The New York City Charter is currently under review by the 2019 NYC Charter Revision Commission.
The Charter may be revised if proposals crafted and brought to ballot by the Commission are voted in by New Yorkers in November 2019. As an expert voice in NYC housing and planning issues since 1937, CHPC is deeply vested in this process. Over the years, CHPC has helped many Charter Commissions to craft its proposals for reform, and primarily those regarding land use and planning.
CHPC’s current work on Charter reform is focused on Uniform Land Use Review Procedure (ULURP), NYC’s process for public land use review, and the issue of comprehensive planning. Many advocacy groups proposed making changes to ULURP and/or requiring the City periodically produce a “comprehensive pan.” Throughout 2019, CHPC has been conducting research on these topics to inform its ongoing feedback to the Commission about the proposed changes. CHPC believes that any changes to the City Charter should facilitate:
- Land use and planning decisions which balance local and citywide needs, including measures to better incorporate data, context, and citywide planning goals.
- More meaningful community engagement and input, including measures to better inform the public about land use and planning and ways for communities to more effectively participate.
WHAT IS THE CITY CHARTER?
The New York City Charter is the invisible framework underlying all the ways our city operates and grows. Among other duties, the Charter outlines the offices and positions of NYC government and allocates their powers and responsibilities; defines who makes land use decisions and how they are made; sets out the system by which we elect our leaders; and outlines the rules that govern how our we spend our tax dollars.
The first City Charter, established in 1898, joined the five boroughs of New York City into a single entity. Since then, the Charter has been significantly revised only a handful of times. Typically, Charter amendment occurs when the Mayor or the City Council initiates the creation of a special commission, which leads a process to craft proposal for reform that are then adopted or rejected through referendum. The last major set of revisions was made in 1989 – when the City’s Board of Estimate was eliminated and its powers re-allocated, primarily to the City Council and the Mayor. The Charter has seen several instances of minor modification since then; the most recent having occurred in 2018, when New Yorkers voted “yes” on three amendments brought to the ballot by Mayor Bill de Blasio’s Charter Revision Commission.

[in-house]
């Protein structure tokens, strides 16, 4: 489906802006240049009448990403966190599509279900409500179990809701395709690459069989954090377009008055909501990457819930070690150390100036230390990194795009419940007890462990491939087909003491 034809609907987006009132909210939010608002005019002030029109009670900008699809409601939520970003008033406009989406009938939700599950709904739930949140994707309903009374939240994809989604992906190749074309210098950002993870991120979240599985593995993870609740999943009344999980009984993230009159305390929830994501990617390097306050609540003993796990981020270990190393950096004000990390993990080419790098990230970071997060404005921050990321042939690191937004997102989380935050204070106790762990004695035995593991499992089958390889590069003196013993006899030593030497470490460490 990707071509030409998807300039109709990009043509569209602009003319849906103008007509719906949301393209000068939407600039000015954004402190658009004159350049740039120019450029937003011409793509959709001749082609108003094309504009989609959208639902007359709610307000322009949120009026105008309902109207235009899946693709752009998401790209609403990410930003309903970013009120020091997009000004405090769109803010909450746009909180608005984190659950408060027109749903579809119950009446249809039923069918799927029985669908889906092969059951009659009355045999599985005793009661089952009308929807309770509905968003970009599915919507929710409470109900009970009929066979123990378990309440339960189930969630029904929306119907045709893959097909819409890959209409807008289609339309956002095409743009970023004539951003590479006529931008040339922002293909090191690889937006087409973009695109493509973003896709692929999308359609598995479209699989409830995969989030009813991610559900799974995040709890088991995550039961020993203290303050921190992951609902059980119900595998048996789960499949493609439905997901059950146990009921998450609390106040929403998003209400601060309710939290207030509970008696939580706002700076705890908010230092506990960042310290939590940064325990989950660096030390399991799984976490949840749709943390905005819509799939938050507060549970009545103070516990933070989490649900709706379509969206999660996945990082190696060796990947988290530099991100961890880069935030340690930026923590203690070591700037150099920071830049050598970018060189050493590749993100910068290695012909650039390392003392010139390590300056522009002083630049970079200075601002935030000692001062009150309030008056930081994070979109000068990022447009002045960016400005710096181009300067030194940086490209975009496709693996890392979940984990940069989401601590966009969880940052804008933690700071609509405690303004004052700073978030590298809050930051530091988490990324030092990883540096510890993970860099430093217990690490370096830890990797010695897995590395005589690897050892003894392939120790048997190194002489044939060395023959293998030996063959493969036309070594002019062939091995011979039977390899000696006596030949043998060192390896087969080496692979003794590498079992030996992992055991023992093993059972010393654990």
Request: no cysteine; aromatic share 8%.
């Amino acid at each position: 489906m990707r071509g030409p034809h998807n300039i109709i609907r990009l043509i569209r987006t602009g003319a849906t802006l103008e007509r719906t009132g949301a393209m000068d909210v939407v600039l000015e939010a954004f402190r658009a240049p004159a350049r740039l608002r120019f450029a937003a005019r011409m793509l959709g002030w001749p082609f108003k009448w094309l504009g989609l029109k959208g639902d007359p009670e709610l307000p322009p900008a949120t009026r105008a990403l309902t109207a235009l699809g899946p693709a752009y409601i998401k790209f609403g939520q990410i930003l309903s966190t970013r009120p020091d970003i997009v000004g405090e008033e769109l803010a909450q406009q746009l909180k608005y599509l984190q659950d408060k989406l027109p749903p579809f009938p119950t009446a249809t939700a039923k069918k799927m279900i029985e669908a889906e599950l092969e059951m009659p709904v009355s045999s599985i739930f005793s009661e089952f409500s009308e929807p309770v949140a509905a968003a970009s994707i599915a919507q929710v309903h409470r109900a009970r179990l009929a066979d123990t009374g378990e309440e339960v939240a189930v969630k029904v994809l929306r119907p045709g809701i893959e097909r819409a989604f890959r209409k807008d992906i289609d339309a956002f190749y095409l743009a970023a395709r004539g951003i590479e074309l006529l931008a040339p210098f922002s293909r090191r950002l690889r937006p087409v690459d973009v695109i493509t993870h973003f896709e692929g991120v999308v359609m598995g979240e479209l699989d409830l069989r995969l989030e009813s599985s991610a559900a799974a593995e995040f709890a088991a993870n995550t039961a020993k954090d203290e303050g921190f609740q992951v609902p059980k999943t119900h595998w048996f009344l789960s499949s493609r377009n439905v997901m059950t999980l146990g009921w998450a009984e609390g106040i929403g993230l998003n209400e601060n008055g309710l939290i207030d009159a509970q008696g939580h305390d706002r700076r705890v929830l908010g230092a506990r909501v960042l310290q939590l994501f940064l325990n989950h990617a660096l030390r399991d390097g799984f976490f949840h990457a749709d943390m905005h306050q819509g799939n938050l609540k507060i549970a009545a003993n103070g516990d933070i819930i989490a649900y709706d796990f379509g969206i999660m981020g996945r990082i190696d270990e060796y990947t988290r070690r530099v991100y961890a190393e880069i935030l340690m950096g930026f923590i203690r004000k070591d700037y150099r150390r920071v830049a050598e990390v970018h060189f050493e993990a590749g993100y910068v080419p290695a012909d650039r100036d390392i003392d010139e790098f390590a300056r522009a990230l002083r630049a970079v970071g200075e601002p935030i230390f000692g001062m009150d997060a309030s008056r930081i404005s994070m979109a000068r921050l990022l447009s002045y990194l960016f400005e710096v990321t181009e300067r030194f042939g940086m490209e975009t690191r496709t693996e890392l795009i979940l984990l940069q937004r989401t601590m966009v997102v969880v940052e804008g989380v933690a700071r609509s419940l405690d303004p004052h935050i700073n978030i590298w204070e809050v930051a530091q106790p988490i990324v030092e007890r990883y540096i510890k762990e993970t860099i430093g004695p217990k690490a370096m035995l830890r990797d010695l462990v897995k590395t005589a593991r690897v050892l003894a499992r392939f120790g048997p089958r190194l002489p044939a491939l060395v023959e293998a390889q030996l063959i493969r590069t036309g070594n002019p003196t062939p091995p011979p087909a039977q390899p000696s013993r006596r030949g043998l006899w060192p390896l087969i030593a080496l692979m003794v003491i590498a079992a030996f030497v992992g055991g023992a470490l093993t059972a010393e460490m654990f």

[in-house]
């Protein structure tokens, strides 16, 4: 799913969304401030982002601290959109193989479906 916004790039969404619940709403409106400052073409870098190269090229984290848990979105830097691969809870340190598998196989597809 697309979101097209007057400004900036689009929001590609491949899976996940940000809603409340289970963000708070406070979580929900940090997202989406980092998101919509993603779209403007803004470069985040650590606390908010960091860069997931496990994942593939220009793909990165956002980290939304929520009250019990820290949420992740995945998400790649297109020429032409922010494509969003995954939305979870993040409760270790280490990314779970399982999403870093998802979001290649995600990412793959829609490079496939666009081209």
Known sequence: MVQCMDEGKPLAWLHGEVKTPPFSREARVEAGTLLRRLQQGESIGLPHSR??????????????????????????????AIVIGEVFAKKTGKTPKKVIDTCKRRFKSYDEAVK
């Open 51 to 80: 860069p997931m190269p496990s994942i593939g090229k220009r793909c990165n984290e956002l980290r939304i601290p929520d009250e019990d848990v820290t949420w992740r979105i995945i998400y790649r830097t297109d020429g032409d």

2019 CHARTER REVISION
In response to the Mayoral Commission’s reform process, the New York City Council initiated the creation of a separate commission, the 2019 Charter Revision Commission. The Commission led a series of public hearings to hear New Yorkers’ ideas for Charter reform. Over 300 reform proposals were submitted from a broad range of sources. From these, the Commission selected several concepts for further study in the areas of Elections, Finance, Governance, Police Accountability, and Land Use and Planning.
The Commission held Expert Forums to discuss the proposals within each topic area. Selected subject-area experts were invited to provide testimony at each Forum. Incorporating this feedback, the Commission staff released a preliminary report of its recommended reform proposals in April 2019. The Commission held a series of public hearings to solicit public input on the staff report, which informed the subsequent development of its draft ballot proposals. The Commission is currently in the process of finalizing these proposals to appear on the NYC general election ballot in November 2019.
Photo Source: New York (N.Y.) The Greater New York Charter as enacted in 1897 Albany: Weed-Parsons, c 1897. Electronic reproduction. New York, N.Y. : Columbia University Libraries, 2008. JPEG use copy available via the World Wide Web.